Cancer cell dormancy in novel mouse models for reversible pancreatic cancer: a lingering challenge in the development of targeted therapies

Cancer Res. 2014 Apr 15;74(8):2138-43. doi: 10.1158/0008-5472.CAN-13-3437. Epub 2014 Mar 26.

Abstract

Significant advances have been made in the identification of key molecular pathways that play pivotal roles in the initiation and progression of pancreatic ductal adenocarcinoma (PDAC). Among the common genetic and epigenetic changes, oncogenic mutations in Kras and upregulation of the c-Myc oncogene are frequent events in PDAC. Using genetically defined in vivo models, several studies have recently demonstrated that expression of mutant Kras and c-Myc is equally important for the initiation and maintenance of pancreatic cancer. The targeted downregulation of a single oncogene resulted in cancer cell death at primary and metastatic sites. These findings are very encouraging and provide a strong rationale for the development of targeted therapies against these oncogenic drivers. Despite what seemed to be a complete response to the ablation of the oncogene, a few dormant cancer cells remained present, and it was demonstrated that they are a cellular reservoir for a swift relapse of pancreatic cancer following oncogene reactivation. This review summarizes the basic principles of cancer dormancy and the applicability of the novel genetic models for reversible metastatic PDAC to elucidate the role of cancer stem cells as well as biologic and molecular mechanisms that mediate the survival of dormant tumor cells.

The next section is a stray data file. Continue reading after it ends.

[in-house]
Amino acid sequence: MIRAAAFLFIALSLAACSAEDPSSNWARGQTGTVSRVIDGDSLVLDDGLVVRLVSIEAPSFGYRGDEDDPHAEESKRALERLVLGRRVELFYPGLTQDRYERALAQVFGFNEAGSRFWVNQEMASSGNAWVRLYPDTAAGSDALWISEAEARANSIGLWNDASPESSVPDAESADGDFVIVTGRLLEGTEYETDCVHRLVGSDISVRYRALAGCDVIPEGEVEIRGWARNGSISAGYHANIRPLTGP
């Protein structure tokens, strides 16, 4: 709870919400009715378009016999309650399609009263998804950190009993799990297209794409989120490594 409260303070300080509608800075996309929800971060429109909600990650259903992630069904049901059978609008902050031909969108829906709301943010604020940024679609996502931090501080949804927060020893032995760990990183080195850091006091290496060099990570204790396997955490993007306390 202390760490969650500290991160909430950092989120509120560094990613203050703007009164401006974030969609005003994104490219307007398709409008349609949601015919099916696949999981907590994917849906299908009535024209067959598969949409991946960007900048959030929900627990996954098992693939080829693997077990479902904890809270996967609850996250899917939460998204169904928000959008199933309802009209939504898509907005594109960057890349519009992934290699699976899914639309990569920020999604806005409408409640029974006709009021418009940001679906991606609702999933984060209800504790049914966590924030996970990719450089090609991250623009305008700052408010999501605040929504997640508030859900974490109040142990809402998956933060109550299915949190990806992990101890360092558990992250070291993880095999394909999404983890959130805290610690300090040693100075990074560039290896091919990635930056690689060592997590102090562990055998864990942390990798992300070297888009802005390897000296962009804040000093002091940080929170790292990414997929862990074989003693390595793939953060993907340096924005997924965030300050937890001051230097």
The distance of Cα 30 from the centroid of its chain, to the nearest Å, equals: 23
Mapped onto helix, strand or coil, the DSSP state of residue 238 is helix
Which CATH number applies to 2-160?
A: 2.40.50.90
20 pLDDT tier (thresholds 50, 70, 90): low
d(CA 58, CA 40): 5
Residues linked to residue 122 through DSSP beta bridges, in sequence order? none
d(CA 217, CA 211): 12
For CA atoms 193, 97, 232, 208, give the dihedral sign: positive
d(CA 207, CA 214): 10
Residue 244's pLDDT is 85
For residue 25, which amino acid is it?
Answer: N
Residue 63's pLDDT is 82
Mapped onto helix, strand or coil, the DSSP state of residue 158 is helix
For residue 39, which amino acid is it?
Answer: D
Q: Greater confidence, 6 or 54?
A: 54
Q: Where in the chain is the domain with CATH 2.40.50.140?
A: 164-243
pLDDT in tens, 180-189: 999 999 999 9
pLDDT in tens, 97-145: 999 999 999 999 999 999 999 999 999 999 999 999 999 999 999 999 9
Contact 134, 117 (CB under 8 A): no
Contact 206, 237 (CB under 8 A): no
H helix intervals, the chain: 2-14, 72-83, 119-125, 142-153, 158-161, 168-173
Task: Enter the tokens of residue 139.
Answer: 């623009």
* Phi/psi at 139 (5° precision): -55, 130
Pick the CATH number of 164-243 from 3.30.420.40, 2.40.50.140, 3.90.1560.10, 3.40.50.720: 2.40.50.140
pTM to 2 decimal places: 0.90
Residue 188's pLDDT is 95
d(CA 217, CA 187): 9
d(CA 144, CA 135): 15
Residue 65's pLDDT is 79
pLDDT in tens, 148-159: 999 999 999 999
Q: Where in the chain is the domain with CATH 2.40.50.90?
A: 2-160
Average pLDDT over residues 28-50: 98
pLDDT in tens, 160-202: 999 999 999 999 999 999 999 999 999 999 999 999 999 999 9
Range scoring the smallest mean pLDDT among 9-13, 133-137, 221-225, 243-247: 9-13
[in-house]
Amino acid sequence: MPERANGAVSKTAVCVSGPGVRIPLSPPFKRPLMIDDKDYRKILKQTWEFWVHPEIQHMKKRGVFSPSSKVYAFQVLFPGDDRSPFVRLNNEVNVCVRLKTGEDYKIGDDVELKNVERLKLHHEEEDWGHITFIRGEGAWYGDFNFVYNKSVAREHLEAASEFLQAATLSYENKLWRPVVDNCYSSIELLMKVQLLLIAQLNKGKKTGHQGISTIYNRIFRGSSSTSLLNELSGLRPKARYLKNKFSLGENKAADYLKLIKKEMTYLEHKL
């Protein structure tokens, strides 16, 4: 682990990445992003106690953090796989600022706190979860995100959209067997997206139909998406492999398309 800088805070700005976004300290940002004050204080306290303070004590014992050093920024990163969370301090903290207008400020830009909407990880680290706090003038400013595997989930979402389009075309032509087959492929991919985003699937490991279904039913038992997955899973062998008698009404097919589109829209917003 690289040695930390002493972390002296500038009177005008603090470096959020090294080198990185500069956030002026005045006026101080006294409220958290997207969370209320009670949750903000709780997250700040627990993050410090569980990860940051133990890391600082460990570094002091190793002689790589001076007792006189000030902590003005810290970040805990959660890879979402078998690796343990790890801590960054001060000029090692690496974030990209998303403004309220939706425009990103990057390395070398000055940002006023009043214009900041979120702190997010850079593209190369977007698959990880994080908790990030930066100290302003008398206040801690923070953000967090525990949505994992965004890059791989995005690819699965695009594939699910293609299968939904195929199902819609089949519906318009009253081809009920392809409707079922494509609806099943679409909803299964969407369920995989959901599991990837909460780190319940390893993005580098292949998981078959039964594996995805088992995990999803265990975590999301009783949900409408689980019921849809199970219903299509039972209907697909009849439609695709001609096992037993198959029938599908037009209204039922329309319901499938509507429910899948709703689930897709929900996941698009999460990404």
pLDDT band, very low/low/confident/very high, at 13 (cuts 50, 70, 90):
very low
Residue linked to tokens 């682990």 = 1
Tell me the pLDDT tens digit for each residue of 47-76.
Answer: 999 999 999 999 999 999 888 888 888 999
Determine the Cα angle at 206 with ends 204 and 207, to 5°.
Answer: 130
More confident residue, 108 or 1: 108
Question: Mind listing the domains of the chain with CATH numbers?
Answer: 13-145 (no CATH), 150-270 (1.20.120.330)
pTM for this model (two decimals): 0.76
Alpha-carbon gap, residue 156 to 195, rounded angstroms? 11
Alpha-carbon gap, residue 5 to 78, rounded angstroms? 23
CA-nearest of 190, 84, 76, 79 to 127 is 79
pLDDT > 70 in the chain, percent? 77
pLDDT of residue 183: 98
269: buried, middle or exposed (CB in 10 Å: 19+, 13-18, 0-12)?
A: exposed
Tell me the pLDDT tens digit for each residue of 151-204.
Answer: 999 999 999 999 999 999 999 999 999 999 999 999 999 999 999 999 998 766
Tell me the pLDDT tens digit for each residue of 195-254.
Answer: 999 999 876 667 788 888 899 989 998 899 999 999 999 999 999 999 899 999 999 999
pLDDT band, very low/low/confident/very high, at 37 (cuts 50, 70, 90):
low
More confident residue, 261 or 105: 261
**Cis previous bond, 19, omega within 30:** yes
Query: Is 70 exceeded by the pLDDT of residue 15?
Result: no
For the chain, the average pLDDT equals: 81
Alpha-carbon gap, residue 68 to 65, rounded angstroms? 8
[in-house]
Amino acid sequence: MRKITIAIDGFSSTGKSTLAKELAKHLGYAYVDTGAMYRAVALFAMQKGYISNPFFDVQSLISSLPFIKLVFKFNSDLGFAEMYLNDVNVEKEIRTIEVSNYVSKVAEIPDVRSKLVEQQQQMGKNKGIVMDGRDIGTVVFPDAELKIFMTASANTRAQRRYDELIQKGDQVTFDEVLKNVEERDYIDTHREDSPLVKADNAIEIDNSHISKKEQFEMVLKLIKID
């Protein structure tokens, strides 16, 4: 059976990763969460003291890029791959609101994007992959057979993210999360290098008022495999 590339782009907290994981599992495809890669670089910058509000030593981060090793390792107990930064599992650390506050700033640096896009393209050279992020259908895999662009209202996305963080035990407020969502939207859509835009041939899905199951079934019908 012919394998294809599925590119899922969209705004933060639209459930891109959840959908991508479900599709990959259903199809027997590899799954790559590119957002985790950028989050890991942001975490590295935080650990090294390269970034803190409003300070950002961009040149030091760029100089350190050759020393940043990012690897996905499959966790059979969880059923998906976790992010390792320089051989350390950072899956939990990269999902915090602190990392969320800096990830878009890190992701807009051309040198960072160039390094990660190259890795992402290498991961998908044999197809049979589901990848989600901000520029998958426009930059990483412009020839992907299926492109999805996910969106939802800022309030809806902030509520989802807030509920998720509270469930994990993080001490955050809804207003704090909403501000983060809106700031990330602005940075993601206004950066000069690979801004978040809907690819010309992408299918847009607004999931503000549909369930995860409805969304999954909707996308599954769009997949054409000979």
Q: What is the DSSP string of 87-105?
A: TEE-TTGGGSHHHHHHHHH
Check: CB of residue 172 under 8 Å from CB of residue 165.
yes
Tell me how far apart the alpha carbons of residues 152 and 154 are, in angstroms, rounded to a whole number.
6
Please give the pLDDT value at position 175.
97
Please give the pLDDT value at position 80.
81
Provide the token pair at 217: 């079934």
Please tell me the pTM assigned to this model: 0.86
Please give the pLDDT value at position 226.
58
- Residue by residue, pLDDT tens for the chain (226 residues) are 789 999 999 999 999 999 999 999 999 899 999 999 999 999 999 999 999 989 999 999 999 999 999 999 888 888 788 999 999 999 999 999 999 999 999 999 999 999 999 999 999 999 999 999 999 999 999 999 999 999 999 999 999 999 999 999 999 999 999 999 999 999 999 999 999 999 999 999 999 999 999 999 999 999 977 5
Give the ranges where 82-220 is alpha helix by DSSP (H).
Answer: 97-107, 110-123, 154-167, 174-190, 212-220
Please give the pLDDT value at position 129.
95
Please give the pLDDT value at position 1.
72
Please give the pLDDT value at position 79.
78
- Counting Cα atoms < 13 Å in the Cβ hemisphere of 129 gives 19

Publication types

  • Research Support, N.I.H., Extramural
  • Review

MeSH terms

  • Animals
  • Carcinoma, Pancreatic Ductal / pathology*
  • Carcinoma, Pancreatic Ductal / therapy*
  • Cell Culture Techniques
  • Cell Line, Tumor
  • Disease Models, Animal
  • Disease Progression
  • Mice
  • Neoplastic Stem Cells / pathology
  • Pancreatic Neoplasms / pathology*
  • Pancreatic Neoplasms / therapy*